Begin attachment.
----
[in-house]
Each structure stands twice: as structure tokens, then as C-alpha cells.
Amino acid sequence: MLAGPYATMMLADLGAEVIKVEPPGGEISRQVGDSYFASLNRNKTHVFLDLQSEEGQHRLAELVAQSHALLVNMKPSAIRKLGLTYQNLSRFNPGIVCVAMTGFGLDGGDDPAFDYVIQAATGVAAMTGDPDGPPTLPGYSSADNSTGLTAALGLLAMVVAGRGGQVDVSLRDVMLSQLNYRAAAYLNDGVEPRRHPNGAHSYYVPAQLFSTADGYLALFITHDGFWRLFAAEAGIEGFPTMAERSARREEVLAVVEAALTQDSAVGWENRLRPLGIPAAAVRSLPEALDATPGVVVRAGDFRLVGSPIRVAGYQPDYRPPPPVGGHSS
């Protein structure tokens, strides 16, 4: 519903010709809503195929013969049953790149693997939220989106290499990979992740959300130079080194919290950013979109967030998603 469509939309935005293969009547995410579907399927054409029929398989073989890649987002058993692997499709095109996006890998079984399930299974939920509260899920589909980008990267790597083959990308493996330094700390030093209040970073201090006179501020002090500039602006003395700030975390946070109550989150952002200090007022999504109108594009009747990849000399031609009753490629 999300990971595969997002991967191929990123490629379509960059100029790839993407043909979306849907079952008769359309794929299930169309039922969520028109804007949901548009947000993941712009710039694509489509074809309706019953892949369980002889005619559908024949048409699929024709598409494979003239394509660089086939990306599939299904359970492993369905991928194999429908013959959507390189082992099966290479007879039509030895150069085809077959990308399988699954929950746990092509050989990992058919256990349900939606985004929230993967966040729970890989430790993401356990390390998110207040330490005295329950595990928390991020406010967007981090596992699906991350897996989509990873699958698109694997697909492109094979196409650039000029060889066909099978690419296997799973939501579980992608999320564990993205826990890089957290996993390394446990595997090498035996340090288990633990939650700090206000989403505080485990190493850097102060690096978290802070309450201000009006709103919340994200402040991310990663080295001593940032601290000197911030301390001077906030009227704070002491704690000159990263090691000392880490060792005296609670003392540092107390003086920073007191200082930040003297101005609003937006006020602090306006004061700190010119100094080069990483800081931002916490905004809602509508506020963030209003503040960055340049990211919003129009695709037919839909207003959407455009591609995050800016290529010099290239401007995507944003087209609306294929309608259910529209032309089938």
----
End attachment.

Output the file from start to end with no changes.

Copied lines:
[in-house]
Each structure stands twice: as structure tokens, then as C-alpha cells.
Amino acid sequence: MLAGPYATMMLADLGAEVIKVEPPGGEISRQVGDSYFASLNRNKTHVFLDLQSEEGQHRLAELVAQSHALLVNMKPSAIRKLGLTYQNLSRFNPGIVCVAMTGFGLDGGDDPAFDYVIQAATGVAAMTGDPDGPPTLPGYSSADNSTGLTAALGLLAMVVAGRGGQVDVSLRDVMLSQLNYRAAAYLNDGVEPRRHPNGAHSYYVPAQLFSTADGYLALFITHDGFWRLFAAEAGIEGFPTMAERSARREEVLAVVEAALTQDSAVGWENRLRPLGIPAAAVRSLPEALDATPGVVVRAGDFRLVGSPIRVAGYQPDYRPPPPVGGHSS
């Protein structure tokens, strides 16, 4: 519903010709809503195929013969049953790149693997939220989106290499990979992740959300130079080194919290950013979109967030998603 469509939309935005293969009547995410579907399927054409029929398989073989890649987002058993692997499709095109996006890998079984399930299974939920509260899920589909980008990267790597083959990308493996330094700390030093209040970073201090006179501020002090500039602006003395700030975390946070109550989150952002200090007022999504109108594009009747990849000399031609009753490629 999300990971595969997002991967191929990123490629379509960059100029790839993407043909979306849907079952008769359309794929299930169309039922969520028109804007949901548009947000993941712009710039694509489509074809309706019953892949369980002889005619559908024949048409699929024709598409494979003239394509660089086939990306599939299904359970492993369905991928194999429908013959959507390189082992099966290479007879039509030895150069085809077959990308399988699954929950746990092509050989990992058919256990349900939606985004929230993967966040729970890989430790993401356990390390998110207040330490005295329950595990928390991020406010967007981090596992699906991350897996989509990873699958698109694997697909492109094979196409650039000029060889066909099978690419296997799973939501579980992608999320564990993205826990890089957290996993390394446990595997090498035996340090288990633990939650700090206000989403505080485990190493850097102060690096978290802070309450201000009006709103919340994200402040991310990663080295001593940032601290000197911030301390001077906030009227704070002491704690000159990263090691000392880490060792005296609670003392540092107390003086920073007191200082930040003297101005609003937006006020602090306006004061700190010119100094080069990483800081931002916490905004809602509508506020963030209003503040960055340049990211919003129009695709037919839909207003959407455009591609995050800016290529010099290239401007995507944003087209609306294929309608259910529209032309089938």